High turnover plagues business school advising office

Updated: May 16, 2016 at 6:23 p.m.

Eleven members of the business school advising center’s staff have left the office over the last 14 months, according to archived versions of the center’s website.

Only two out of the six academic advisers currently in the business school have been at the University for more than a year. One former employee said that the high rate of turnover is due to a misleading job description, a chaotic environment and a “climate of fear” within the office.

The former employee, who spoke on the condition of anonymity, said four employees have left the office this year. The former employee said the turnover began in May 2011 when the advising office underwent massive restructuring.

Under this reorganization, academic advisers became “Undergraduate Student Experience Advisors,” and took on additional responsibilities like teaching sections of a two-semester, one-credit course required for freshmen on basic business practices.

That former employee said advisers were required to reapply for their positions after the changes to the office. A University spokesman declined to comment on this information.

Larry Fillian, the director of undergraduate advising at the time, left the University less than a year after the restructuring.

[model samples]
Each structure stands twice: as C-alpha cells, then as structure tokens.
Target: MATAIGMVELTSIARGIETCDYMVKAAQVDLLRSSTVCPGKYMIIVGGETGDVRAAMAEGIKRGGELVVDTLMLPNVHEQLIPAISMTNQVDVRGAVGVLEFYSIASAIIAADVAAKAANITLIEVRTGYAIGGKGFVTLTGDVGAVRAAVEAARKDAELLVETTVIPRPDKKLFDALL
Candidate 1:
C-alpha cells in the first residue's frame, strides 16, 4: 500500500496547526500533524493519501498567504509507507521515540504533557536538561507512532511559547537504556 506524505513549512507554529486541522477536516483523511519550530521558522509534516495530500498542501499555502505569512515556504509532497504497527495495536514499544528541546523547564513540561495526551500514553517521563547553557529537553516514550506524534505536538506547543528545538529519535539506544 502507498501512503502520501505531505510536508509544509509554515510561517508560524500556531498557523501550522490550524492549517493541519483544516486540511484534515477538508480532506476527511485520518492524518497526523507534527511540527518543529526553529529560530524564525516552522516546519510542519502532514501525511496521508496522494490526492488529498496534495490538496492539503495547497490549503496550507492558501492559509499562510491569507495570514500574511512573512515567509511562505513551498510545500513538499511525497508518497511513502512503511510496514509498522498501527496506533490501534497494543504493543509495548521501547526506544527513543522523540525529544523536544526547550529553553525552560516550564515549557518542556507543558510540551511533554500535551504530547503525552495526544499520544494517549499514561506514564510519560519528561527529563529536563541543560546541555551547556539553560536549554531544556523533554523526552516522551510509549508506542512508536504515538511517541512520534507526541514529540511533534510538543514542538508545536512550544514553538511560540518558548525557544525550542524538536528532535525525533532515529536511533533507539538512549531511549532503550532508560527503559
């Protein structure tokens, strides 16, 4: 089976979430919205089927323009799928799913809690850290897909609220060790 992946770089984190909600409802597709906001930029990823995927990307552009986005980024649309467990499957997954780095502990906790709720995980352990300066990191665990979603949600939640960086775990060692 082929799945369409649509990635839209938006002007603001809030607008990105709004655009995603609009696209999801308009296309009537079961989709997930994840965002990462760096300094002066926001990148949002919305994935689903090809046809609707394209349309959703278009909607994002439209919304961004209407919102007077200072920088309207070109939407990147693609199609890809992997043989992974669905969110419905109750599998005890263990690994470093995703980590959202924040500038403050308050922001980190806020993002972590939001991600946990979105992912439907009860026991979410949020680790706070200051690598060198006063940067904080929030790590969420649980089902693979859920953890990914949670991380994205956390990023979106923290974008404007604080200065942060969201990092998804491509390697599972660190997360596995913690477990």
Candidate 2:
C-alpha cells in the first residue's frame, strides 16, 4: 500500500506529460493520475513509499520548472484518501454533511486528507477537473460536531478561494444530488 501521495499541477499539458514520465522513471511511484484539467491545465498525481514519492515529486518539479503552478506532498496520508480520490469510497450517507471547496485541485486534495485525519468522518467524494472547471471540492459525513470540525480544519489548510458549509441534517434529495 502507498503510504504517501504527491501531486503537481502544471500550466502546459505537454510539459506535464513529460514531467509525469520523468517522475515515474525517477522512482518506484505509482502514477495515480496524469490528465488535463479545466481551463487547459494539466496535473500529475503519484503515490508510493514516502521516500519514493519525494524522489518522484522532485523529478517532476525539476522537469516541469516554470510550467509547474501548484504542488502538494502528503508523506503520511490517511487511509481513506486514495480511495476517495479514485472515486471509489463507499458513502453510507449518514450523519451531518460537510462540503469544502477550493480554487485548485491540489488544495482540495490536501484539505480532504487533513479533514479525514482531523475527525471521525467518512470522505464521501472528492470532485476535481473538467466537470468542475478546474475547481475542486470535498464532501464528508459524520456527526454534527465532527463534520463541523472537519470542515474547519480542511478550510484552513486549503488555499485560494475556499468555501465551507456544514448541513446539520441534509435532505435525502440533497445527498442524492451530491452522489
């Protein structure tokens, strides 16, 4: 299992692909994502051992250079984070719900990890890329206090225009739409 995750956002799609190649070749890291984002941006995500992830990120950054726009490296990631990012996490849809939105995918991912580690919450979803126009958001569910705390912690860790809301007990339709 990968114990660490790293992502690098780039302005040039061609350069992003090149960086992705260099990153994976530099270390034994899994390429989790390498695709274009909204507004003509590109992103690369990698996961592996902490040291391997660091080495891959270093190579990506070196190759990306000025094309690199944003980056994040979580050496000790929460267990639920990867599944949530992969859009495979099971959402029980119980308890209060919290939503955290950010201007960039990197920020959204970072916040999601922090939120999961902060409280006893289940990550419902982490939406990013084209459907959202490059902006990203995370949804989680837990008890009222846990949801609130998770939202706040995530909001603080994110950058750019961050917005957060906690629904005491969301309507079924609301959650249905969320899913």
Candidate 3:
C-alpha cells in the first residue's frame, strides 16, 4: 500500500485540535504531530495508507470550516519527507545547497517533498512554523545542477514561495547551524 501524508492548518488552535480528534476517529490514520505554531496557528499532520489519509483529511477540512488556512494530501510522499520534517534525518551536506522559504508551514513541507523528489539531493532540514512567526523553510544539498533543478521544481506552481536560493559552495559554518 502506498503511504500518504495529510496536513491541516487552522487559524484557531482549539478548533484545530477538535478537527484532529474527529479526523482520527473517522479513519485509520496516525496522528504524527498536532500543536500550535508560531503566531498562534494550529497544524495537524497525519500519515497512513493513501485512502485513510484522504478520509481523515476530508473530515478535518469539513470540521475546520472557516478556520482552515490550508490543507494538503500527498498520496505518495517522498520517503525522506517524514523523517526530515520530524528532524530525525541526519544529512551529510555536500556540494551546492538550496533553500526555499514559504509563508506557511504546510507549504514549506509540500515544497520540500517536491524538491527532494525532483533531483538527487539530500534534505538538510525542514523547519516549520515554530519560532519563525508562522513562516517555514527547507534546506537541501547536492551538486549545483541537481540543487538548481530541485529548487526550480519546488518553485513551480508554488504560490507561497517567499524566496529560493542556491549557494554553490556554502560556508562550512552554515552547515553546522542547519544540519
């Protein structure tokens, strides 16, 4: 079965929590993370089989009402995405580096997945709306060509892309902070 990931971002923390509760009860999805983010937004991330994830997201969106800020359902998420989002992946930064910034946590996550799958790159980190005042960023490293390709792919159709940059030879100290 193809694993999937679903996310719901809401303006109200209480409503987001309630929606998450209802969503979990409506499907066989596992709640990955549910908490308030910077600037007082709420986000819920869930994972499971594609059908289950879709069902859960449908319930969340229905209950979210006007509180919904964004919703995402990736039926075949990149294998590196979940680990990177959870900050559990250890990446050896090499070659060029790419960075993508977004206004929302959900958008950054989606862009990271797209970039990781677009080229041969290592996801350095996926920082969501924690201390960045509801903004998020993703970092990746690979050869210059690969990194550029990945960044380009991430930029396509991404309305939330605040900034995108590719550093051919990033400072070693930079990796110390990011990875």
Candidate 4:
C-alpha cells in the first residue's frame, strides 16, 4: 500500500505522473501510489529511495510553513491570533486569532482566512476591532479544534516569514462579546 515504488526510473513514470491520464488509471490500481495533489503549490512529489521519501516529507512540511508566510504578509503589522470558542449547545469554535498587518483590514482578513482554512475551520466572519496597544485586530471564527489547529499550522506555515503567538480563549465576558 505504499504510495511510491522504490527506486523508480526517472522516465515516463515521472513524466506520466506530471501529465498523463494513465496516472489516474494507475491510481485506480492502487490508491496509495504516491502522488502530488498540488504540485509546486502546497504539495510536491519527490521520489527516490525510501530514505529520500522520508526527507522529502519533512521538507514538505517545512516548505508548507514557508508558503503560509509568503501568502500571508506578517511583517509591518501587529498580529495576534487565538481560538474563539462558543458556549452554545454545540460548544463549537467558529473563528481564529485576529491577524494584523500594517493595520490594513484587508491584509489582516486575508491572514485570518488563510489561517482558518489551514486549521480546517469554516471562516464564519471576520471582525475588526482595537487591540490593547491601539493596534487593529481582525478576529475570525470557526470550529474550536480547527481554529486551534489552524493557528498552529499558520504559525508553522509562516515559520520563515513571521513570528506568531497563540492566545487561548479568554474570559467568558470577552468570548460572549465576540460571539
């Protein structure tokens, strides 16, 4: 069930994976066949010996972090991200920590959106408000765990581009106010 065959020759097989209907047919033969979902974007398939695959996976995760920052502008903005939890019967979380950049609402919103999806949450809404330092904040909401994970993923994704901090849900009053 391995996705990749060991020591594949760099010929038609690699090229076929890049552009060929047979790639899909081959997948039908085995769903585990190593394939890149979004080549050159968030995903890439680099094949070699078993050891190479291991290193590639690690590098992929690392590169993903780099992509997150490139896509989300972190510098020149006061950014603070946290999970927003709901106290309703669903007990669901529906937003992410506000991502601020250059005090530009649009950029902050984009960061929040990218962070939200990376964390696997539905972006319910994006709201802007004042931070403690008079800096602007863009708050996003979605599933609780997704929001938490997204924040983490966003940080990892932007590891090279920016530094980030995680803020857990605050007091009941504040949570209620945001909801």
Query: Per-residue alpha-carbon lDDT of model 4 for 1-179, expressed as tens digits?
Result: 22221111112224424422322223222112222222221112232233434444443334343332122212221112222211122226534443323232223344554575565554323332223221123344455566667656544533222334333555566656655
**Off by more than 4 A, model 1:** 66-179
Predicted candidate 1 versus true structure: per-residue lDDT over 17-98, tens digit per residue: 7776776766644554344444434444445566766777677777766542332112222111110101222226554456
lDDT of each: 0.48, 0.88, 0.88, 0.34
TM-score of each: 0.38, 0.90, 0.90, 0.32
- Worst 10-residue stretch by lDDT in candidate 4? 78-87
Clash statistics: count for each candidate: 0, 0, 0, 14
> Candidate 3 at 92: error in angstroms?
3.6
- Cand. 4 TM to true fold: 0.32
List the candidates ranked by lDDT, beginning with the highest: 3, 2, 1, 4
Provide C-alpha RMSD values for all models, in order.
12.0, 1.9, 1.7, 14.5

Six former employees of office declined requests for comment.

University spokesman Jason Shevrin said in an email statement that the University does not comment on individual personnel matters, but welcomes student feedback regarding their undergraduate business experiences.

“The GW School of Business is committed to ensuring every student has a positive and productive experience with their adviser,” Shevrin said.

Shevrin declined to say when the business school hopes to fill the empty adviser positions or if the office is exempt from hiring freezes.

Overworked
When Isabelle Bajeux-Besnainou became associate dean for undergraduate programs in May 2012, advisers were working at least 10 additional hours every week, the former employee said.

The former employee said Bajeux-Besnainou implemented “super Saturdays” once a month, requiring advisers to come to work on a Saturday to catch up on administrative tasks. Advisers were also required to do administrative work for Lemonade Day, a program that started in 2013 that pairs business school students with local elementary and middle schools to teach children about entrepreneurship.

The employee estimated that advisers were working between 50 and 60 hours per week, while the job description advertised 40.

“It’s so much more than published,” the employee said. “It’s completely false advertising. The job description is an absolute joke.”

The employee described Bajeux-Besnainou as “out of touch” with the employees who worked under her and said that she communicated with the office mostly through her assistant, rarely speaking with center employees directly.

Bajeux-Besnainou said in an email that she was “shocked” by the allegations and said that none of them were true.

She left the University last September to become the dean of the business school at McGill University.

Leo Moersen, the associate dean for undergraduate programs in the business school, said in an email that the claims about Bajeux-Besnainou are false.

“Isabelle Bajeux-Besnainou was a highly-valued leader who collaborated with students, faculty and staff to accomplish a significant amount during her time at GWSB,” Moersen said.